Building a Network of Support
October and November can be some of the most stressful months of the year. Summer is long gone. The holidays are in sight, but still just out of reach. The weather is starting to change. And meeting end of the year deadlines or studying for exams is probably taking up a lot of your time and energy. All these factors can bring about stress, anxiety, and overall, larger loads of work and worry. So, it’s during these fall months that building a network of support is especially important. There’s a saying that goes, “No [person] is an island”. We are, by nature, social beings that require connection and support – especially when experiencing stress. Luckily, we can create strong support systems for ourselves through a variety of sources that include helpful people and processes. Below are some tips that can help you to build your very own personal network of support:
Find a mentor
Mentorship is an incredibly effective tool in just about any field. You can find an academic mentor, a professional or career mentor, or even a personal mentor. Mentors can give you guidance on what to do or where to go, they can help you solve problems, and they can listen to you and empathize with what you’re experiencing. Mentors are usually chosen because we have something in common with them or they embody something we aspire to. If we capitalize on those connections, we can find mentors who can help meet our needs. Perhaps a teacher or faculty member at your school would be a valuable mentor. Or, someone who works in the same organization as you, or in a field that you hope to work in. Or, maybe someone who you know whose values and characteristics align with yours. Whatever reason it may be, choose a mentor who you can look to for guidance and support.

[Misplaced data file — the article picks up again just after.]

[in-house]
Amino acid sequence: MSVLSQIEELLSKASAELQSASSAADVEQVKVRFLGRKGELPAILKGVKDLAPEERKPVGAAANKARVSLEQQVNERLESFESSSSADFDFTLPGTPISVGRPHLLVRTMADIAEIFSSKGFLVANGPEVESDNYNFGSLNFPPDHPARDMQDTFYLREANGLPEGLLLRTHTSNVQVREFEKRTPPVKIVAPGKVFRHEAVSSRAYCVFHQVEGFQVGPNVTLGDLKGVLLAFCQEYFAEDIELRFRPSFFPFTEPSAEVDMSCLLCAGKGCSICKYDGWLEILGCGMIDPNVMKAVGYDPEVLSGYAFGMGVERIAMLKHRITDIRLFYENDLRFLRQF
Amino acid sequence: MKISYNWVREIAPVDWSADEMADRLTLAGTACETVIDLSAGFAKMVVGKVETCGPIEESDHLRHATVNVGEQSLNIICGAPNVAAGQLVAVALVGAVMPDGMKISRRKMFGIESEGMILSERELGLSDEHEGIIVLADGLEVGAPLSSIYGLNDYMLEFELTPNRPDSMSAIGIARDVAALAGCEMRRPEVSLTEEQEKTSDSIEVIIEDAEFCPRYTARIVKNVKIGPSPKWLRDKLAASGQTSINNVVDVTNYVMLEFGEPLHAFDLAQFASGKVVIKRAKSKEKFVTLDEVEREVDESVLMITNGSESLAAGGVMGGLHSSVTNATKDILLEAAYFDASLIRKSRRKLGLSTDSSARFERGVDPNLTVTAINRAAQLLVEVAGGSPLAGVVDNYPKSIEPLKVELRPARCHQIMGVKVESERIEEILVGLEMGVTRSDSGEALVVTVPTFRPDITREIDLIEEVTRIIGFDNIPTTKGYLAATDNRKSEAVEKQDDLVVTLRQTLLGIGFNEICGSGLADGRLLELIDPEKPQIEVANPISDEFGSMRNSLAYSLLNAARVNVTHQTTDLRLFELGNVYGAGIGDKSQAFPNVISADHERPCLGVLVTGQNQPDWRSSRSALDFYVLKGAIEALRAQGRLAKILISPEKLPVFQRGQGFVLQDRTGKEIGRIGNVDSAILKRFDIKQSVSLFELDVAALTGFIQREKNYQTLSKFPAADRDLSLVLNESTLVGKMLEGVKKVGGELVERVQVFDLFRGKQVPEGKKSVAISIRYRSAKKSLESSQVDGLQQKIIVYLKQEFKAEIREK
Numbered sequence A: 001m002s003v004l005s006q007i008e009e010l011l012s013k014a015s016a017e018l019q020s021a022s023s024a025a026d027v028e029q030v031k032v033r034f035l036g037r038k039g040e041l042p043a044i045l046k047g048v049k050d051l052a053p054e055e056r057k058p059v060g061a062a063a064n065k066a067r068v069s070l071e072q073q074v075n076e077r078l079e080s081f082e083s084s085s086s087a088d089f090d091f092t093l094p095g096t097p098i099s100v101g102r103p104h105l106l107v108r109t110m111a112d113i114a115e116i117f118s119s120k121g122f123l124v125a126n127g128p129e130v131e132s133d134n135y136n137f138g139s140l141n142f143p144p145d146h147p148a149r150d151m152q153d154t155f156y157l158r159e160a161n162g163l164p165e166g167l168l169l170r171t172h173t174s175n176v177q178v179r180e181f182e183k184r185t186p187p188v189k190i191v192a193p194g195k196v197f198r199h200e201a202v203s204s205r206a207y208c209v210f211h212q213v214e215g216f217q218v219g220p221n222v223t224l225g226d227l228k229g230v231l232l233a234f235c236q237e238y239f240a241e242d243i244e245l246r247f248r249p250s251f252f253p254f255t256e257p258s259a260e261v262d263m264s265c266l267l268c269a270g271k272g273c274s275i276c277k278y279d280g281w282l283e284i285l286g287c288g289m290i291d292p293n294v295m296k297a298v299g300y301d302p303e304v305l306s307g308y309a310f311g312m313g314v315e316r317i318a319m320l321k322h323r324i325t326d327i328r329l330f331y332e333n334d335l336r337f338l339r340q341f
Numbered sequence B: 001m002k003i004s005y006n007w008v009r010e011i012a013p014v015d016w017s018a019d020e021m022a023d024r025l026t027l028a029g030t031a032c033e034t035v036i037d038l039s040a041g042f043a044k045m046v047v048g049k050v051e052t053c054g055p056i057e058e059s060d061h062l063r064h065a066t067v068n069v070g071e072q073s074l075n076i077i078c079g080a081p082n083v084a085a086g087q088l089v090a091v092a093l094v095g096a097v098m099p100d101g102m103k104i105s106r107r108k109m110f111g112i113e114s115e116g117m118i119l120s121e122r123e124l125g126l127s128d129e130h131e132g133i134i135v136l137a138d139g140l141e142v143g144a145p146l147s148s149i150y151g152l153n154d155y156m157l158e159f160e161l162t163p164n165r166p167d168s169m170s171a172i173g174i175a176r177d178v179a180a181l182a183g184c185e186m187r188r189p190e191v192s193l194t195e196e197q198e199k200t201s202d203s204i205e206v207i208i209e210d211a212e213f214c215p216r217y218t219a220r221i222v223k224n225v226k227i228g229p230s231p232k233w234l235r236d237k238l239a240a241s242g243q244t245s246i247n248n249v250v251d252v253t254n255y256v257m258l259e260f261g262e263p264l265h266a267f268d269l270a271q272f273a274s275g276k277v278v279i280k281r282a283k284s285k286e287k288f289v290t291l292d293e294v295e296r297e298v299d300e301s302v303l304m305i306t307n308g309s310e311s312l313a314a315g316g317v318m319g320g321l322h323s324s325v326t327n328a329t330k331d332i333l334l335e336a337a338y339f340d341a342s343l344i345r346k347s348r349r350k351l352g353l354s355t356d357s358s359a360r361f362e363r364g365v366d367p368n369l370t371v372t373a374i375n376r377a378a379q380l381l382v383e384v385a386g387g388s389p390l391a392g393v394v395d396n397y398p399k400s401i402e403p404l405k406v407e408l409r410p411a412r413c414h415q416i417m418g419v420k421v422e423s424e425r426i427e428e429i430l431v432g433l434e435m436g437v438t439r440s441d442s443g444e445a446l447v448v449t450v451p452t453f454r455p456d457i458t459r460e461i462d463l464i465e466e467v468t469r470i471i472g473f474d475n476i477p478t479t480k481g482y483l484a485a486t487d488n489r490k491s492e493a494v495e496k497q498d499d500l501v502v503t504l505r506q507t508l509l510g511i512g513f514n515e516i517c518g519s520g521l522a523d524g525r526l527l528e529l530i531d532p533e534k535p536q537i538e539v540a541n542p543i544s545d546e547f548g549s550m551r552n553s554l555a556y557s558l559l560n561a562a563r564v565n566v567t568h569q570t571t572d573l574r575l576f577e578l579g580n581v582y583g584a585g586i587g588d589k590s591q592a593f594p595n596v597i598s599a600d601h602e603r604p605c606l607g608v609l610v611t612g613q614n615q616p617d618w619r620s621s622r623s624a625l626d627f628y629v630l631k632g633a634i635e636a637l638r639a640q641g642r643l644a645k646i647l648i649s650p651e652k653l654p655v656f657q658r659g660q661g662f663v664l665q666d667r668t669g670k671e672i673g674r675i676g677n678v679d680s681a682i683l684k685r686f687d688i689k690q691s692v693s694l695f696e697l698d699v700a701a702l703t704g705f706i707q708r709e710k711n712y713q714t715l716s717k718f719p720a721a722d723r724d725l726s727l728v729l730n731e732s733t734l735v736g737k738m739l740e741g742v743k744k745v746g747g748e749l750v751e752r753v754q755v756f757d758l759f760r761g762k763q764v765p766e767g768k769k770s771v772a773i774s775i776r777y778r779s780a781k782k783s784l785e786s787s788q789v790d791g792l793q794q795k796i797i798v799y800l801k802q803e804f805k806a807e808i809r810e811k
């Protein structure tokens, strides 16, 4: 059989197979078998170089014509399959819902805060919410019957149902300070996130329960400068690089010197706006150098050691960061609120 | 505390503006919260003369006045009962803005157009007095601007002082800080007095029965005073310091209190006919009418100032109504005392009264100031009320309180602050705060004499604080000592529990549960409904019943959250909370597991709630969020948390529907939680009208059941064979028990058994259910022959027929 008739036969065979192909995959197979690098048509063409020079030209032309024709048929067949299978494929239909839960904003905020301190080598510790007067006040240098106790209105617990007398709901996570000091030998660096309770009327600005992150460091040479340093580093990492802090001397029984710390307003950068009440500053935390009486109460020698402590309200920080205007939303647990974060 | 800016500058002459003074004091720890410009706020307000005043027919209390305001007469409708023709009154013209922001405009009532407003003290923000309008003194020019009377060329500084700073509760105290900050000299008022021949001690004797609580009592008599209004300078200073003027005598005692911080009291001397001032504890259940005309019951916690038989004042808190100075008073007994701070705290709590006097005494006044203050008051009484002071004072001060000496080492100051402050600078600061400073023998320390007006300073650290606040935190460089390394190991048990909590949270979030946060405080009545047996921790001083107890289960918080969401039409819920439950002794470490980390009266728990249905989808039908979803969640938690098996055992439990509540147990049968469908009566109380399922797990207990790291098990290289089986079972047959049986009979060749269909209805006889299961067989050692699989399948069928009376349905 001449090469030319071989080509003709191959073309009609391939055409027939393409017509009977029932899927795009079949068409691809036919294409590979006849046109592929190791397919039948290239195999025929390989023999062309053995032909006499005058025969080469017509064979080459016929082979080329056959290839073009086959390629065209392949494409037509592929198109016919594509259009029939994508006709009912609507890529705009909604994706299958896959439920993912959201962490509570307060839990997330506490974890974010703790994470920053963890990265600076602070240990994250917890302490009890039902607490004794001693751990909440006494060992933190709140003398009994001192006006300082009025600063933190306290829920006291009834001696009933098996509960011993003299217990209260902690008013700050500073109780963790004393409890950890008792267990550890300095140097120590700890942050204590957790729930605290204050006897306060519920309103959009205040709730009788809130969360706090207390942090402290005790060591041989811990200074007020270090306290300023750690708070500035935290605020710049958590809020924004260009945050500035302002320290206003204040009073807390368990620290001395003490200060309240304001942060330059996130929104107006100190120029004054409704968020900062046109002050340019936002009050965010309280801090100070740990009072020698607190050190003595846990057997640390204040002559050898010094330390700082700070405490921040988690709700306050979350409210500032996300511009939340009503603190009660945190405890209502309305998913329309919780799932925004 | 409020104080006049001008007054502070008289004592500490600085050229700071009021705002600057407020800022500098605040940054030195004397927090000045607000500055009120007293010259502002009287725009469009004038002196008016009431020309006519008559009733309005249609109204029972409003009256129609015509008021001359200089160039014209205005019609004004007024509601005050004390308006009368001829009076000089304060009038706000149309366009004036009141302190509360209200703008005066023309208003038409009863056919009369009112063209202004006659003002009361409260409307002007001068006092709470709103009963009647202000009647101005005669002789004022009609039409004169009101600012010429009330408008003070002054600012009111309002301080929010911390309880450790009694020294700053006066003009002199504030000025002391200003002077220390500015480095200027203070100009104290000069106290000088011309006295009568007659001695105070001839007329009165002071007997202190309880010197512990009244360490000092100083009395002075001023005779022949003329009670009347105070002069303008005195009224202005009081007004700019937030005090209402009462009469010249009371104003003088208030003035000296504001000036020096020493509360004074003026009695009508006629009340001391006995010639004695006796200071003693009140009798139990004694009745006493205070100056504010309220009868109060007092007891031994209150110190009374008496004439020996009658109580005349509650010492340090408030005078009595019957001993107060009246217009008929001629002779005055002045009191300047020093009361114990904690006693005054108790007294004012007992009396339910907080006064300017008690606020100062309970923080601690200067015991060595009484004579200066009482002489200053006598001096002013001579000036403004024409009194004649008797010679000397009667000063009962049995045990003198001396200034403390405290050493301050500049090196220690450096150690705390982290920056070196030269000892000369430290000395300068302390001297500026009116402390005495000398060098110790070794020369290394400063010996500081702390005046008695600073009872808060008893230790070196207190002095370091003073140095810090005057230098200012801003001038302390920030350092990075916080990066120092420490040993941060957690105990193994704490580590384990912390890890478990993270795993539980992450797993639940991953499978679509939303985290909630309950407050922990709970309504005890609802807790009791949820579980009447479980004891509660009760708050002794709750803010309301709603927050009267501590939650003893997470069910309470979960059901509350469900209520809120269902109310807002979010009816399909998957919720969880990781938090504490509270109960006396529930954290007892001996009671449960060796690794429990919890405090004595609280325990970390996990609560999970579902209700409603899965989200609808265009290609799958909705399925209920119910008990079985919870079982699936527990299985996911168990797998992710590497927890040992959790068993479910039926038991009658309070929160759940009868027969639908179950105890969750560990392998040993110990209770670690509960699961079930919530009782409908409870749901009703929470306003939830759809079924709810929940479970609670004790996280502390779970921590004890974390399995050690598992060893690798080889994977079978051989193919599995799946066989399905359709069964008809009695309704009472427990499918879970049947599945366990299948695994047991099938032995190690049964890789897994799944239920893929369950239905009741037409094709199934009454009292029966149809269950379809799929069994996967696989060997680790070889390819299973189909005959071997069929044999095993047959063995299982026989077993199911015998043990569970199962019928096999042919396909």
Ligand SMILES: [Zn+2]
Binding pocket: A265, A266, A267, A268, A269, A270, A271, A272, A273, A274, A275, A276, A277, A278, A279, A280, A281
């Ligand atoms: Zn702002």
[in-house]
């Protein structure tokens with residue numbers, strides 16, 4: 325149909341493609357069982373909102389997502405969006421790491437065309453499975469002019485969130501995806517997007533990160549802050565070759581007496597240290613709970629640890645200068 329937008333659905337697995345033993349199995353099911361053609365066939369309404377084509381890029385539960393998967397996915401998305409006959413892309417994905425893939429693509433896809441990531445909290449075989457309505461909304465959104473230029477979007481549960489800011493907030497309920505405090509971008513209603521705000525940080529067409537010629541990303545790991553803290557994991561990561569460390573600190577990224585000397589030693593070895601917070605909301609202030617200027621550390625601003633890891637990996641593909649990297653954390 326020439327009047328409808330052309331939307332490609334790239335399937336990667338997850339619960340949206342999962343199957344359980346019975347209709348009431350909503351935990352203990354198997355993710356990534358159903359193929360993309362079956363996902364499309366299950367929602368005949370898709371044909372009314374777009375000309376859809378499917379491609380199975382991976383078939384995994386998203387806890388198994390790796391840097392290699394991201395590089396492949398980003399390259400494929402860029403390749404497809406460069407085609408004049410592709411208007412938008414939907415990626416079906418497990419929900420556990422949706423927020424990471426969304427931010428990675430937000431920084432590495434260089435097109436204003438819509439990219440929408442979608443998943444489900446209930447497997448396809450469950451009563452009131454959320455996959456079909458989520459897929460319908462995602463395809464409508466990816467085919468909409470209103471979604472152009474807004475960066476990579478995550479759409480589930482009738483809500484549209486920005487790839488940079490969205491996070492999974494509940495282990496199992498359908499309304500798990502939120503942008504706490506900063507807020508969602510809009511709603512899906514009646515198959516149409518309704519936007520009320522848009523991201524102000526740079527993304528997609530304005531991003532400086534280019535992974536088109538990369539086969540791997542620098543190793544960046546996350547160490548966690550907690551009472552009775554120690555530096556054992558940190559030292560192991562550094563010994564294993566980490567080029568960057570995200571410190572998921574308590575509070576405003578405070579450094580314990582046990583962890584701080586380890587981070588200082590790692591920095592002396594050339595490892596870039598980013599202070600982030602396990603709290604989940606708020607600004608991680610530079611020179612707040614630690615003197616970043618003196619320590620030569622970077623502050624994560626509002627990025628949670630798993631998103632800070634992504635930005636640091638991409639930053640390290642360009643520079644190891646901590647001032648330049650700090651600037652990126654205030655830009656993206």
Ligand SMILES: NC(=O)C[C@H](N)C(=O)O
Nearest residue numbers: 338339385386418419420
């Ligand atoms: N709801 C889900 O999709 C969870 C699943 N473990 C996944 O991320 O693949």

Connect with peer mentors
Peer mentorship is a more informal relationship and includes people from different realms of your life. My peer mentors, for example, include co-workers, friends, classmates, family members, and other people who I have stayed connected to throughout the years. In general, these are people that we trust and that we can rely on. There is value in the fact that these mentors are our peers, and as such are probably going through similar situations and facing similar challenges. This offers commonality, understanding, and empathy that can lead to added support.
Find your outlet activity
Not every element of your network of support has to be a who. It can also be a what. Finding an activity that we enjoy as an outlet can be very beneficial to our wellbeing. Even if it’s just for a few minutes, having a positive distraction can help you reset and see things from a fresh perspective. All through high school, my outlet was running. When I was stressed out by my homework, I would put it down and go for a run. This allowed me to quite literally leave behind my stress and engage in something physical, enjoyable, and unrelated to my worries. I would come back feeling refreshed and could refocus. Over the years, my outlet activity has changed and now I often find myself cooking instead. Whatever you choose, having something you can do to mentally, physically, and emotionally escape stress can be a critical – and fun – part of your support network.
Be your own advocate